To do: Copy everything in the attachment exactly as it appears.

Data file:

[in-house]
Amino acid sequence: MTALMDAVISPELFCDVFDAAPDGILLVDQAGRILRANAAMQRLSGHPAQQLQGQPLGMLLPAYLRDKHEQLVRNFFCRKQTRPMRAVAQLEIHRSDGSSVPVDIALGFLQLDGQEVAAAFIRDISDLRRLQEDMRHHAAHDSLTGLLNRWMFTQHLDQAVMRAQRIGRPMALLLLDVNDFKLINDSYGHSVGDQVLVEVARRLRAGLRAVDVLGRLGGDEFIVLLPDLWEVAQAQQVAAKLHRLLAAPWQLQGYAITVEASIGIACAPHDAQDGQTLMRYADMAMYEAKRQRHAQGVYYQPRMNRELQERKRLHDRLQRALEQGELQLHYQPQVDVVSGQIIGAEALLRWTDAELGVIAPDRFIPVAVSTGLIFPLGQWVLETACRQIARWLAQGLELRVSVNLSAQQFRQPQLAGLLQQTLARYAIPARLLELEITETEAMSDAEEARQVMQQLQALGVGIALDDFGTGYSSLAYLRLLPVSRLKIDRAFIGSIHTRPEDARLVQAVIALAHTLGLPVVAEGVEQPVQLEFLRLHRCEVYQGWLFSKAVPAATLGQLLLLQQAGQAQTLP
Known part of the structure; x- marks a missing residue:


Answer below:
[in-house]
Amino acid sequence: MTALMDAVISPELFCDVFDAAPDGILLVDQAGRILRANAAMQRLSGHPAQQLQGQPLGMLLPAYLRDKHEQLVRNFFCRKQTRPMRAVAQLEIHRSDGSSVPVDIALGFLQLDGQEVAAAFIRDISDLRRLQEDMRHHAAHDSLTGLLNRWMFTQHLDQAVMRAQRIGRPMALLLLDVNDFKLINDSYGHSVGDQVLVEVARRLRAGLRAVDVLGRLGGDEFIVLLPDLWEVAQAQQVAAKLHRLLAAPWQLQGYAITVEASIGIACAPHDAQDGQTLMRYADMAMYEAKRQRHAQGVYYQPRMNRELQERKRLHDRLQRALEQGELQLHYQPQVDVVSGQIIGAEALLRWTDAELGVIAPDRFIPVAVSTGLIFPLGQWVLETACRQIARWLAQGLELRVSVNLSAQQFRQPQLAGLLQQTLARYAIPARLLELEITETEAMSDAEEARQVMQQLQALGVGIALDDFGTGYSSLAYLRLLPVSRLKIDRAFIGSIHTRPEDARLVQAVIALAHTLGLPVVAEGVEQPVQLEFLRLHRCEVYQGWLFSKAVPAATLGQLLLLQQAGQAQTLP
Known part of the structure; x- marks a missing residue: